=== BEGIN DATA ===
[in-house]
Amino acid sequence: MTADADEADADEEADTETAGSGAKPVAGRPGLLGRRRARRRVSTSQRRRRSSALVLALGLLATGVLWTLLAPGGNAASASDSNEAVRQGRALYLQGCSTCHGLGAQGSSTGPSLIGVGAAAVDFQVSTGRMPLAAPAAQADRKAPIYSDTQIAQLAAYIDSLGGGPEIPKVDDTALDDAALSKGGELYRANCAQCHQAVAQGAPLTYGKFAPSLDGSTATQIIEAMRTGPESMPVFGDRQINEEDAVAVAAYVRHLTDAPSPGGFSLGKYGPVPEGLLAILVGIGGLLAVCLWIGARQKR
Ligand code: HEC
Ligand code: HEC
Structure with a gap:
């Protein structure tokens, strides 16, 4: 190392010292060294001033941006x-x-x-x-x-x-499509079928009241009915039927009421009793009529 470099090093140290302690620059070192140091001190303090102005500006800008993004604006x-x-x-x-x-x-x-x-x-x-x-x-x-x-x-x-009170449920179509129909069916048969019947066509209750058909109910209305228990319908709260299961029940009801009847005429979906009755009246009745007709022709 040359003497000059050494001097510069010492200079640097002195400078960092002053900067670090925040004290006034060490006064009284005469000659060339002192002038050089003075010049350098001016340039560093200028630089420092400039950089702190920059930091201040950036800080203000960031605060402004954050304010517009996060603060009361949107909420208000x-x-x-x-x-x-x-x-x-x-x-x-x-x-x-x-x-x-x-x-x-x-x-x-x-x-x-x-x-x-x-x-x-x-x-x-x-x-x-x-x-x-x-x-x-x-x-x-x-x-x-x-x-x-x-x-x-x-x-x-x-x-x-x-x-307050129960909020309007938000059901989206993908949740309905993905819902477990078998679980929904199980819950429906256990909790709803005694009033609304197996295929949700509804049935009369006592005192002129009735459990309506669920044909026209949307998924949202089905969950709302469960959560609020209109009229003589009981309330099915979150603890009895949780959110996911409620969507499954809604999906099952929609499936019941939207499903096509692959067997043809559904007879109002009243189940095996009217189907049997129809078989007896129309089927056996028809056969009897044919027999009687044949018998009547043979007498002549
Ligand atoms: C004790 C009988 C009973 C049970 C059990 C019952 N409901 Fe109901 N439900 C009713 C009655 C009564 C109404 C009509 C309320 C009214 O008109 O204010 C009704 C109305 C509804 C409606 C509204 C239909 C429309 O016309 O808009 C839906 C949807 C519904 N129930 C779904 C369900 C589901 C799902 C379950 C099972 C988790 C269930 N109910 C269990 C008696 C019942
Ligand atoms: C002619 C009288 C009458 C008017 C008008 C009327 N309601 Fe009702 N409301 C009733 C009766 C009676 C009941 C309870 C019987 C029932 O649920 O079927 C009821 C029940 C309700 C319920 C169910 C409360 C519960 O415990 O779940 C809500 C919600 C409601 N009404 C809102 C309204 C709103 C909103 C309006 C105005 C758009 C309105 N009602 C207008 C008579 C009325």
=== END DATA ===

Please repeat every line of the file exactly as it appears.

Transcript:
[in-house]
Amino acid sequence: MTADADEADADEEADTETAGSGAKPVAGRPGLLGRRRARRRVSTSQRRRRSSALVLALGLLATGVLWTLLAPGGNAASASDSNEAVRQGRALYLQGCSTCHGLGAQGSSTGPSLIGVGAAAVDFQVSTGRMPLAAPAAQADRKAPIYSDTQIAQLAAYIDSLGGGPEIPKVDDTALDDAALSKGGELYRANCAQCHQAVAQGAPLTYGKFAPSLDGSTATQIIEAMRTGPESMPVFGDRQINEEDAVAVAAYVRHLTDAPSPGGFSLGKYGPVPEGLLAILVGIGGLLAVCLWIGARQKR
Ligand code: HEC
Ligand code: HEC
Structure with a gap:
């Protein structure tokens, strides 16, 4: 190392010292060294001033941006x-x-x-x-x-x-499509079928009241009915039927009421009793009529 470099090093140290302690620059070192140091001190303090102005500006800008993004604006x-x-x-x-x-x-x-x-x-x-x-x-x-x-x-x-009170449920179509129909069916048969019947066509209750058909109910209305228990319908709260299961029940009801009847005429979906009755009246009745007709022709 040359003497000059050494001097510069010492200079640097002195400078960092002053900067670090925040004290006034060490006064009284005469000659060339002192002038050089003075010049350098001016340039560093200028630089420092400039950089702190920059930091201040950036800080203000960031605060402004954050304010517009996060603060009361949107909420208000x-x-x-x-x-x-x-x-x-x-x-x-x-x-x-x-x-x-x-x-x-x-x-x-x-x-x-x-x-x-x-x-x-x-x-x-x-x-x-x-x-x-x-x-x-x-x-x-x-x-x-x-x-x-x-x-x-x-x-x-x-x-x-x-x-307050129960909020309007938000059901989206993908949740309905993905819902477990078998679980929904199980819950429906256990909790709803005694009033609304197996295929949700509804049935009369006592005192002129009735459990309506669920044909026209949307998924949202089905969950709302469960959560609020209109009229003589009981309330099915979150603890009895949780959110996911409620969507499954809604999906099952929609499936019941939207499903096509692959067997043809559904007879109002009243189940095996009217189907049997129809078989007896129309089927056996028809056969009897044919027999009687044949018998009547043979007498002549
Ligand atoms: C004790 C009988 C009973 C049970 C059990 C019952 N409901 Fe109901 N439900 C009713 C009655 C009564 C109404 C009509 C309320 C009214 O008109 O204010 C009704 C109305 C509804 C409606 C509204 C239909 C429309 O016309 O808009 C839906 C949807 C519904 N129930 C779904 C369900 C589901 C799902 C379950 C099972 C988790 C269930 N109910 C269990 C008696 C019942
Ligand atoms: C002619 C009288 C009458 C008017 C008008 C009327 N309601 Fe009702 N409301 C009733 C009766 C009676 C009941 C309870 C019987 C029932 O649920 O079927 C009821 C029940 C309700 C319920 C169910 C409360 C519960 O415990 O779940 C809500 C919600 C409601 N009404 C809102 C309204 C709103 C909103 C309006 C105005 C758009 C309105 N009602 C207008 C008579 C009325």